Fife marches to a different beat

14th September 2001 at 01:00
Raymond Ross reports on why the Chancellor is backing an alternative curriculum in his constituency

Lochgelly High today (Friday) became unexpectedly affected the terror strike against the United States, albeit inadvertently.

Chancellor Gordon Brown had been due to visit the school, in his Dunfermline East constituency, to present fourth year pupils with their "alternative curriculum certificates." But emergency Cabinet business kept him in London and the ceremony will now take place in November.

It will mark the official launch of the alternative curriculum the school has been piloting with considerable success over the past year. It also marks another milestone in the growing disillusion in Scotland with the official curriculum, which has seen North Lanarkshire and Glasgow settle for different approaches.

The Chancellor will be putting his imprimatur on the initiative taken by Jack McConnell, Education Minister, to inject more innovation and flexibility into the curriculum, especially for pupils who lack motivation and present discipline problems.

Run on a voluntary basis with backing from Fife's social strategy, along with help from local colleges and Fife Careers, the Lochgelly scheme allows disaffected students to undertake an alternative curriculum and gain valuable life certificates. It has won a pound;3,000 New Futures award from Barclays, the UK's largest education sponsor.

"Over the past few years we have become increasingly aware of the growing number of disaffected pupils, a disaffection which commonly manifests itself in challenging behaviour, truancy and eventual social exclusion," Elaine Collins, principal teacher of behaviour support services, says.

"While Fife has a well-established continuum of behaviour support, these resources are not exhaustive and in order to meet the needs of this band of children at Lochgelly alternatives had to be considered."

The pound;3,000 award is being used to fund a part-time link officer, Lynne Reid, to liaise with the partners and to support, mentor and generally troubleshoot for the pupils and parents. "This post was clearly identified as necessary for the smooth running of what is a fairly complex curriculum of activities," Mrs Collins says.

The four boys and two girls involved (the group is soon to expand to eight or nine) follow an alternative curriculum involving close work with the local community. This covers enterprise education, extended work experience, ICT, art therapy, first aid, child care and parenting in a variety of locations. They follow the normal Standard grade curriculum for maths and English in school.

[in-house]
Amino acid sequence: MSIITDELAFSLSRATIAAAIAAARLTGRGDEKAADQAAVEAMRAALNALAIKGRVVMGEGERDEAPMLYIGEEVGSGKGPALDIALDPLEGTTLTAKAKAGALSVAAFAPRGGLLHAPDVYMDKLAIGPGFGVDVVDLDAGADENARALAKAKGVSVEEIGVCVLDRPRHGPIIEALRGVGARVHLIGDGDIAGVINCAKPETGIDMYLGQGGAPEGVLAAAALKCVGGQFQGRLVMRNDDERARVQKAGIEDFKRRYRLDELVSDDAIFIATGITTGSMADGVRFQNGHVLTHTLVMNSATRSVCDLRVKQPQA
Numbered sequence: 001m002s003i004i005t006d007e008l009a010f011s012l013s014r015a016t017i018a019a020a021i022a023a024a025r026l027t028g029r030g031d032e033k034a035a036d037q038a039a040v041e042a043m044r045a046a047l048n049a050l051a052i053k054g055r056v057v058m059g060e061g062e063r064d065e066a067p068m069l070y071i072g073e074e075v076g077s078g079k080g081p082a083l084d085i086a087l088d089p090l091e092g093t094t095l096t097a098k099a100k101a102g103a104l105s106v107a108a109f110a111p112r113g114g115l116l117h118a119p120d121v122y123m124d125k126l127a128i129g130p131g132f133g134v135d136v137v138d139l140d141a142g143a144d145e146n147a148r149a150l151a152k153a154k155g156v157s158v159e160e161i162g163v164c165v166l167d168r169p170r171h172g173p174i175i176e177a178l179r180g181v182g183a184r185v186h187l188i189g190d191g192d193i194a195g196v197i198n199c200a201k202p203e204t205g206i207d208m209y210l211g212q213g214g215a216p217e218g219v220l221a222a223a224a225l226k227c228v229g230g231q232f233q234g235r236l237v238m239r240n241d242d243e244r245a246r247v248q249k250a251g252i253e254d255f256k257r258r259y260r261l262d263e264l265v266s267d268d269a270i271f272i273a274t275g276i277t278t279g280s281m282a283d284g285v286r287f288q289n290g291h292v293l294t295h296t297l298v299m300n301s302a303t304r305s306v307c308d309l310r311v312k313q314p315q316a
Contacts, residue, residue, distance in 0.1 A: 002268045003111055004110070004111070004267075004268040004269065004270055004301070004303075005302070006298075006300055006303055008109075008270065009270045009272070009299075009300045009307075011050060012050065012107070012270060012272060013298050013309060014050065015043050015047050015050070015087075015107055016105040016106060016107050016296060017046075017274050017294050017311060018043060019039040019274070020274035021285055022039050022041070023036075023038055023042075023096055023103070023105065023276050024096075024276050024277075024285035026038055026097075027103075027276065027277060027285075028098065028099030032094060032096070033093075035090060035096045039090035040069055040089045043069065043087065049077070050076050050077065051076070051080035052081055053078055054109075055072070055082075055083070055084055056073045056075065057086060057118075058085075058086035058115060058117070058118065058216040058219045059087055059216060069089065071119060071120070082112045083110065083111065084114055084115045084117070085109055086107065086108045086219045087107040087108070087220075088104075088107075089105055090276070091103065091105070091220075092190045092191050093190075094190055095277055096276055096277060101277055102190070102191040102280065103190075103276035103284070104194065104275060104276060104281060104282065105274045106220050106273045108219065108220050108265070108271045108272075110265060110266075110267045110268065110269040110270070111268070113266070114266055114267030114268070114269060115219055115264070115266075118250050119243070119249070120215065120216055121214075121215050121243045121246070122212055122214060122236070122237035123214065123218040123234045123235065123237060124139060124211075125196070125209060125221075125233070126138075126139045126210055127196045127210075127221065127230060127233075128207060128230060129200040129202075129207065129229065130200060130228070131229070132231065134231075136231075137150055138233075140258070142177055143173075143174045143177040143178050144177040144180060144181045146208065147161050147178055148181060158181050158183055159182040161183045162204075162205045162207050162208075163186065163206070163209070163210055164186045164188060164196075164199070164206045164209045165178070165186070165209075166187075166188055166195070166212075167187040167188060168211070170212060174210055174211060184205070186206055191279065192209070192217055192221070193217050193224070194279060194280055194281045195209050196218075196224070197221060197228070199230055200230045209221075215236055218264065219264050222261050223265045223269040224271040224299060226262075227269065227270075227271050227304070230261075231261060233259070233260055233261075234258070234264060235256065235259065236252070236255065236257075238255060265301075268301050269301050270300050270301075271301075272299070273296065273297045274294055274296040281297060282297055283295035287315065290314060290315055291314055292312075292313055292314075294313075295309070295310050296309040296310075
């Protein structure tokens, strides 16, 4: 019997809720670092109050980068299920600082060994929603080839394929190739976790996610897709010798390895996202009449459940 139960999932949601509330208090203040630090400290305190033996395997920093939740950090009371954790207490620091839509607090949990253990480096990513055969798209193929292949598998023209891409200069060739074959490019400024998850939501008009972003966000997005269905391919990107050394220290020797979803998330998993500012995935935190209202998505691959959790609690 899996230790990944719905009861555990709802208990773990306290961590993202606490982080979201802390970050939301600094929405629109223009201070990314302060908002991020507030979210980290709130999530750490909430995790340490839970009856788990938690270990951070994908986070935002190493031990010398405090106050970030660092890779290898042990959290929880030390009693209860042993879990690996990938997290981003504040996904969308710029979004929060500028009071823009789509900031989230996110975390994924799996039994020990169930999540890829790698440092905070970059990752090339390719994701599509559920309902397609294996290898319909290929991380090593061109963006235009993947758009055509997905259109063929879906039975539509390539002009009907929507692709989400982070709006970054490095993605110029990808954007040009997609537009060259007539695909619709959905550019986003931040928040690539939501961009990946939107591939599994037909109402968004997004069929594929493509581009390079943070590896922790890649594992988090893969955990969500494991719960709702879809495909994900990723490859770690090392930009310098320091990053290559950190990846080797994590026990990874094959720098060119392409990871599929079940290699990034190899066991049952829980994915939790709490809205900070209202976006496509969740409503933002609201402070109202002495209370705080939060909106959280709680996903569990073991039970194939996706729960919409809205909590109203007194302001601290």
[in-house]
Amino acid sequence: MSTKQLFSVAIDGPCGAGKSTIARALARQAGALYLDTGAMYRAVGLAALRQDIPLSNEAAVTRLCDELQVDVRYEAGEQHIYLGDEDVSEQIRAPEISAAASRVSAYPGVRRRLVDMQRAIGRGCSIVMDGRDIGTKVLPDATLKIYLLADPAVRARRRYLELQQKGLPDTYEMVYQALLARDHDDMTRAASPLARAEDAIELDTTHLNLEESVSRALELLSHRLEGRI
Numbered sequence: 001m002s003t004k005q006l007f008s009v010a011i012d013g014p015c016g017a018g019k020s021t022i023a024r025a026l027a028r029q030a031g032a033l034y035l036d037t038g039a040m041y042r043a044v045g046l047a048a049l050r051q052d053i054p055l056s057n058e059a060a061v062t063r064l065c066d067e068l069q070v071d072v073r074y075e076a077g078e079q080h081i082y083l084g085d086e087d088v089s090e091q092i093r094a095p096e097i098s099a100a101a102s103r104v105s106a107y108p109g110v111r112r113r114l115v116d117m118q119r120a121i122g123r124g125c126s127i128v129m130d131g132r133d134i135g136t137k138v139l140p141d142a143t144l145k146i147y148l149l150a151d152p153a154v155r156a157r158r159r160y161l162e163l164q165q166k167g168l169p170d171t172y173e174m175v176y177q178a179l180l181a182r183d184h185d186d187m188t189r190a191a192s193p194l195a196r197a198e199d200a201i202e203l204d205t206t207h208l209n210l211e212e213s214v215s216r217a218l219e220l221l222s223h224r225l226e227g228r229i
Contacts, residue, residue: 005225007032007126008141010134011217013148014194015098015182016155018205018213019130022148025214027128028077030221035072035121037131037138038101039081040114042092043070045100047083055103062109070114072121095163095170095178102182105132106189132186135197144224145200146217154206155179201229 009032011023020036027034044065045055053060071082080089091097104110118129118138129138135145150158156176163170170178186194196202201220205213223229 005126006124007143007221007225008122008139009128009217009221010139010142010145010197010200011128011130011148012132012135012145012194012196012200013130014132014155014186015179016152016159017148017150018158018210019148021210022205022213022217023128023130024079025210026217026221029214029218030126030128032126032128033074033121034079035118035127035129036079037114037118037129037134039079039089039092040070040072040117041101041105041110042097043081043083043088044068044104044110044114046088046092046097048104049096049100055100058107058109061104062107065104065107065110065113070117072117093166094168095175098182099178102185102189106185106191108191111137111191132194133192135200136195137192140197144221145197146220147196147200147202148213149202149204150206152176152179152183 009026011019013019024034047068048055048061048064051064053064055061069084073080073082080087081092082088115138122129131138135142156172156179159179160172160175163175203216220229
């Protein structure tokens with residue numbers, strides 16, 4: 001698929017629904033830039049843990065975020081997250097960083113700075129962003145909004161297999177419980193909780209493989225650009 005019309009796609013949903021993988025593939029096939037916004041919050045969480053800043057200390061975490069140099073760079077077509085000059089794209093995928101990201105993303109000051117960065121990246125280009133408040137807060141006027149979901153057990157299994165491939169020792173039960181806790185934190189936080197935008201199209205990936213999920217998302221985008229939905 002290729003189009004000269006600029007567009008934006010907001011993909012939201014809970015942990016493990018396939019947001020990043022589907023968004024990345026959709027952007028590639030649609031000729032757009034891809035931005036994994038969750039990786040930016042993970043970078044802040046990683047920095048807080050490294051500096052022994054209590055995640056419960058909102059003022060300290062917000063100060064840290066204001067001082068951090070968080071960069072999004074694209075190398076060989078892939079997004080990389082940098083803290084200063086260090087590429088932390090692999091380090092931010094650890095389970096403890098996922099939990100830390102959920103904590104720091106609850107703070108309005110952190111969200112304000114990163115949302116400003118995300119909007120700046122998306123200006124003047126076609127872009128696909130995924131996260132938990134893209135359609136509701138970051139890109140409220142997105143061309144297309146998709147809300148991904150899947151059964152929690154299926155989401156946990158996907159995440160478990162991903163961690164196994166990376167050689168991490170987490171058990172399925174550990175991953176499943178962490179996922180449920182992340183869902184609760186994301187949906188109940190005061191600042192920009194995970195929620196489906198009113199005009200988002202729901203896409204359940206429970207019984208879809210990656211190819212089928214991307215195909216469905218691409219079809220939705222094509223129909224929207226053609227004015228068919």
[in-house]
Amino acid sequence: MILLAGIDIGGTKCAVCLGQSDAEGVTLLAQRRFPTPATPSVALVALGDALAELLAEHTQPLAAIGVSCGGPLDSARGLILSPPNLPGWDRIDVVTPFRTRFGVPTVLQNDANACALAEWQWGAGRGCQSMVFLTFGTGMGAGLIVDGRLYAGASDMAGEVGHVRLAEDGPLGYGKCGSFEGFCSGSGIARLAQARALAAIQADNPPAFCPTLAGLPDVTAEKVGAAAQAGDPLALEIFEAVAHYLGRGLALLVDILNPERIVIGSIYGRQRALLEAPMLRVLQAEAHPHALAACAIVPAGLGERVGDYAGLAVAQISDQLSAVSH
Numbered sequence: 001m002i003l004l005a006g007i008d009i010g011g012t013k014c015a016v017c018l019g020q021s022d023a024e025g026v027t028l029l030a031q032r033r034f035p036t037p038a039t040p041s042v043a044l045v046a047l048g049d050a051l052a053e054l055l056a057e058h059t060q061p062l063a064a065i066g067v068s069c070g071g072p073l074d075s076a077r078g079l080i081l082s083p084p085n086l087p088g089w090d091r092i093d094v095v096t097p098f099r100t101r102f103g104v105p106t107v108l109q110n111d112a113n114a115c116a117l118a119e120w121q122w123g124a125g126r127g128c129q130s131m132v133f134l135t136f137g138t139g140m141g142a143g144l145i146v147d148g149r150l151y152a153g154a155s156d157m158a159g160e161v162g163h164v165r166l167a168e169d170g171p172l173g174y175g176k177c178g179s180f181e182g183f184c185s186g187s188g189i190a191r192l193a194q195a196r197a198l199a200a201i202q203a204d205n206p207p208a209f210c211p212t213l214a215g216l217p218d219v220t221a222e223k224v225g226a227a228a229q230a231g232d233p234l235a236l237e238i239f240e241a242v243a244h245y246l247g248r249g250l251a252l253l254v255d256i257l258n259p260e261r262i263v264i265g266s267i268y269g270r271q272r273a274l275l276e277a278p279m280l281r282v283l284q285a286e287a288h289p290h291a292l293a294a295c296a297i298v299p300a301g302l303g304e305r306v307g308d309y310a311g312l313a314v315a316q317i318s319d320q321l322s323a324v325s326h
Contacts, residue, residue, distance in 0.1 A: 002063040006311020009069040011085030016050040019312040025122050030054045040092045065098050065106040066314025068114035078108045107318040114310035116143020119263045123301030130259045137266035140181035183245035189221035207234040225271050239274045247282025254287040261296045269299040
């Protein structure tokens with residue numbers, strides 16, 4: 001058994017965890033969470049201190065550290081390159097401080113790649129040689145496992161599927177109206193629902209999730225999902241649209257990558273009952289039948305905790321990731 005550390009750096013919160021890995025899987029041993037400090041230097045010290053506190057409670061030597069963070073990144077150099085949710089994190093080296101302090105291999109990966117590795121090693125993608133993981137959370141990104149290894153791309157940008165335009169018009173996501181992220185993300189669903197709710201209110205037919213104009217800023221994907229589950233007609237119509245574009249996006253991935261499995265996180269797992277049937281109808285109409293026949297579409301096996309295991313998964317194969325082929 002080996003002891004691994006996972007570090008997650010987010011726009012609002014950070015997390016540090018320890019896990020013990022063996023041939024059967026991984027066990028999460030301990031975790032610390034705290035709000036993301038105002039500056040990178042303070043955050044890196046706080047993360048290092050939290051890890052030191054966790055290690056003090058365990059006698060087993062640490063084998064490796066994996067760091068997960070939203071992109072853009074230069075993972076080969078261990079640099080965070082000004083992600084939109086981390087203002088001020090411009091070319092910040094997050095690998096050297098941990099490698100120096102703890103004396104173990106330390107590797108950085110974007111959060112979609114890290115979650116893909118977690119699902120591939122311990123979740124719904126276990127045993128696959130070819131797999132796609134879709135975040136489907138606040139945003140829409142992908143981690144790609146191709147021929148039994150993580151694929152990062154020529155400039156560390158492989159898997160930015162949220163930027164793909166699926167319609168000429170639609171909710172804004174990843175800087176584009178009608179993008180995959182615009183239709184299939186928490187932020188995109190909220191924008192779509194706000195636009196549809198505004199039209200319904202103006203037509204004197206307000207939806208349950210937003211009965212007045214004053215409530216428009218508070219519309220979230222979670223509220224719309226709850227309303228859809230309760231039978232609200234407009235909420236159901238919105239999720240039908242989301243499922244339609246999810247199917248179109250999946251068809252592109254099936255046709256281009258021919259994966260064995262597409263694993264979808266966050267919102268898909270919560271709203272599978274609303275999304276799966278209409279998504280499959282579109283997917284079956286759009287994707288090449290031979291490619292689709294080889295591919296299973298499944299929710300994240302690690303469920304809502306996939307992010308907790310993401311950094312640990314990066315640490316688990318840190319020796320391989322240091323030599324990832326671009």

The outcomes will involve pupils receiving eight certificates, at least half awarded by the Scottish Qualifications Authority.

"At least two of these pupils were at risk of exclusion but behaviour has improved tremendously. Attendance among the group has risen from around 40 per cent to 100 per cent and no one has been excluded," Mrs Collins says.

"The pupils are supported in the mainstream classes but their new-found motivation suggests that they don't seem to need that now. We have the support of the parents, which is crucial. The attitude is now different and staff comment widely on improved behaviour. We're pretty chuffed.

"We have shown it works and people have confidence in it. It proves there is a way forward."

The pupils have successfully completed a team-building course with Mines Rescue Services (Fife) and a childcare orientation module with Glenrothes College.

The alternative curriculum was initially planned as a six-week pilot, but this was expanded to a year. As no central funding was available the project relied heavily on the voluntary input of the partners while incidental costs were met from Lochgelly High's own budget. The successful bid for the Barclays New Futures award was made last December, but Mrs Collins is looking for permanent funding so the project can expand.

"The majority of our partners are still giving time and resources on a voluntary basis and our fear must be that there will come a time relatively soon when there will be a major cost implication if we are to continue to involve these partners" she says.

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